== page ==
Pulaski High School - Oriole Yearbook (Pulaski, VA)

 - Class of 1929

Page 139 of 194

 

Pulaski High School - Oriole Yearbook (Pulaski, VA) online yearbook collection, 1929 Edition, Page 139 of 194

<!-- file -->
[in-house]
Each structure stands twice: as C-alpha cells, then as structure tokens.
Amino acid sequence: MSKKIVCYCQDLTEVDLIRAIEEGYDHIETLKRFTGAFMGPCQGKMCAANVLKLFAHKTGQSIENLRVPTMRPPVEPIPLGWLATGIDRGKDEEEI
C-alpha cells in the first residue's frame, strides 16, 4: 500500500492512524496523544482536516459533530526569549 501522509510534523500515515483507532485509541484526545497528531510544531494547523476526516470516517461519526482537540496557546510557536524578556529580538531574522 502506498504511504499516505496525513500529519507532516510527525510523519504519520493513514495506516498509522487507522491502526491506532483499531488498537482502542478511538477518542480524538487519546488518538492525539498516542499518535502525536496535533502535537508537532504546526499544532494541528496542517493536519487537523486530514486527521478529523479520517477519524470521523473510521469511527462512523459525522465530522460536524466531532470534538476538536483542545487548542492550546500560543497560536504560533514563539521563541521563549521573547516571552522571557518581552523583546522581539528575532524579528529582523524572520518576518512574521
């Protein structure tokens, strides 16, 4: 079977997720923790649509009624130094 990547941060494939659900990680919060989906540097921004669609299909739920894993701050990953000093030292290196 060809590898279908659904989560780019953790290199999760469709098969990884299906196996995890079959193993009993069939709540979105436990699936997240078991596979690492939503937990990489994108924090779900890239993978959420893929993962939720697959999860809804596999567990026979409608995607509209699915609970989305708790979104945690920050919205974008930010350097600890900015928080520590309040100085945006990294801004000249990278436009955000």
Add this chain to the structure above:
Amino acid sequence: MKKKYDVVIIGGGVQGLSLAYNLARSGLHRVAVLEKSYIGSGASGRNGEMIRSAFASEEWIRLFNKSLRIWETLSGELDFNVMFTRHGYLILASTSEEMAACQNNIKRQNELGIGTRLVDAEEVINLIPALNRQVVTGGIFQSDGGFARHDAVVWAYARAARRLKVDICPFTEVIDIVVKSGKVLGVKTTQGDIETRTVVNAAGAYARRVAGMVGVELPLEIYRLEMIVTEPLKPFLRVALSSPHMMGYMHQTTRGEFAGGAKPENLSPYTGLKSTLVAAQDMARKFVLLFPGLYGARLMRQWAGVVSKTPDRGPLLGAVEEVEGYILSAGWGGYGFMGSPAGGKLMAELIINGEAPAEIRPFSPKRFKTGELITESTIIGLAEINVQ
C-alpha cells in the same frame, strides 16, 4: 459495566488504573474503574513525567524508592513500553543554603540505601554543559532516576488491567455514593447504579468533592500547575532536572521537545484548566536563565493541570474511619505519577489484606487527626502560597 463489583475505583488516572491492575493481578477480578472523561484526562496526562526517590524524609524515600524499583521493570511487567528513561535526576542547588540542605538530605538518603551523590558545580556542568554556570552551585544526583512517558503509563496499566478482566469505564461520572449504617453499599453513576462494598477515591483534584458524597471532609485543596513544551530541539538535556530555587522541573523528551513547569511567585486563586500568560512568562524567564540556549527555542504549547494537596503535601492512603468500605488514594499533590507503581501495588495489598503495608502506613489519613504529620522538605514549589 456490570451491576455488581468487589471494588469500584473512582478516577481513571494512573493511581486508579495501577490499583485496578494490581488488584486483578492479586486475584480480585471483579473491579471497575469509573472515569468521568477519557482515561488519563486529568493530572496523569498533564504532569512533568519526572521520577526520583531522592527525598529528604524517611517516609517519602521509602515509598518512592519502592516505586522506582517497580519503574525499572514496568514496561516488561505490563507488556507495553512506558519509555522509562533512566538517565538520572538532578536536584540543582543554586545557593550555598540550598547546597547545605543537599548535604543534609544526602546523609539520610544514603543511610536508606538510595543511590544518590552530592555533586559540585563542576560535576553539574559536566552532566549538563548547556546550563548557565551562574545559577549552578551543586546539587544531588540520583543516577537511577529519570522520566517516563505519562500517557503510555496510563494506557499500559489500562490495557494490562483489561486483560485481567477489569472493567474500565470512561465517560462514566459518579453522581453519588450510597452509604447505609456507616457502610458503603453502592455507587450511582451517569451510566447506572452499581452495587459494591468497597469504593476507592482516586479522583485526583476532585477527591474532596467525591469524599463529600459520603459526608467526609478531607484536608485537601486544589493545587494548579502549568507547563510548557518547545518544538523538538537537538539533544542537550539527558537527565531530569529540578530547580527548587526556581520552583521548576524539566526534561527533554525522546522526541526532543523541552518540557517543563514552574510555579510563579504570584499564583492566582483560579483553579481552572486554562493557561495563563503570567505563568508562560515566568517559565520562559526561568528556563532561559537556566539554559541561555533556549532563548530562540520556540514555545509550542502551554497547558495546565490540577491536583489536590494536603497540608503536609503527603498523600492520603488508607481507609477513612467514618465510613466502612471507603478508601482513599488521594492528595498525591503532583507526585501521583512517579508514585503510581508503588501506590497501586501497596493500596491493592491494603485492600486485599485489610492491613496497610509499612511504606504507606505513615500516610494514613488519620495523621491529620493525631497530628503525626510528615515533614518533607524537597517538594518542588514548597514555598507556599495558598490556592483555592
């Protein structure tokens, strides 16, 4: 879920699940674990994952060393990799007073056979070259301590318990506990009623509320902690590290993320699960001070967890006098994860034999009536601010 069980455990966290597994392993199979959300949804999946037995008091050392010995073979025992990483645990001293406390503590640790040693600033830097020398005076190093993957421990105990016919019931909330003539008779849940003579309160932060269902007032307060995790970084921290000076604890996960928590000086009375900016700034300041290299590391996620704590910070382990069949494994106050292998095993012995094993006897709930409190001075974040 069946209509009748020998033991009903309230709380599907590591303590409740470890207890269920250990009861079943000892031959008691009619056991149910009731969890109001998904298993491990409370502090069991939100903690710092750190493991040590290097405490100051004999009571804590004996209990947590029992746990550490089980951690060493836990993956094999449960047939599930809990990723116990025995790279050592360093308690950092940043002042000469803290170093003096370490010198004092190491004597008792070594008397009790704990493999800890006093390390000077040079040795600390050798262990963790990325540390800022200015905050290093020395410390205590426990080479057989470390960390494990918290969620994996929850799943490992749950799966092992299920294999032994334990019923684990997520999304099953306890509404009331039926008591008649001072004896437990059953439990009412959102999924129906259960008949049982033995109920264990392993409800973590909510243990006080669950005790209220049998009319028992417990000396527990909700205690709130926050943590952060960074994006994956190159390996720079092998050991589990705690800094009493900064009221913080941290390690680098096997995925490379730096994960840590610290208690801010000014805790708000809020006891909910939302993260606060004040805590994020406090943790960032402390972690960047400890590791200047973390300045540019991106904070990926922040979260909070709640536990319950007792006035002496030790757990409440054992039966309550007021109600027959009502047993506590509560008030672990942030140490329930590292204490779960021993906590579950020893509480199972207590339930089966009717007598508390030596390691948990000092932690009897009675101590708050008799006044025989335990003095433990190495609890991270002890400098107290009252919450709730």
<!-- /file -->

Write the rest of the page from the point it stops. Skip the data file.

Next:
Page 139 of 194



Pulaski High School - Oriole Yearbook (Pulaski, VA) online yearbook collection, 1929 Edition, Page 138
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Page 139 text: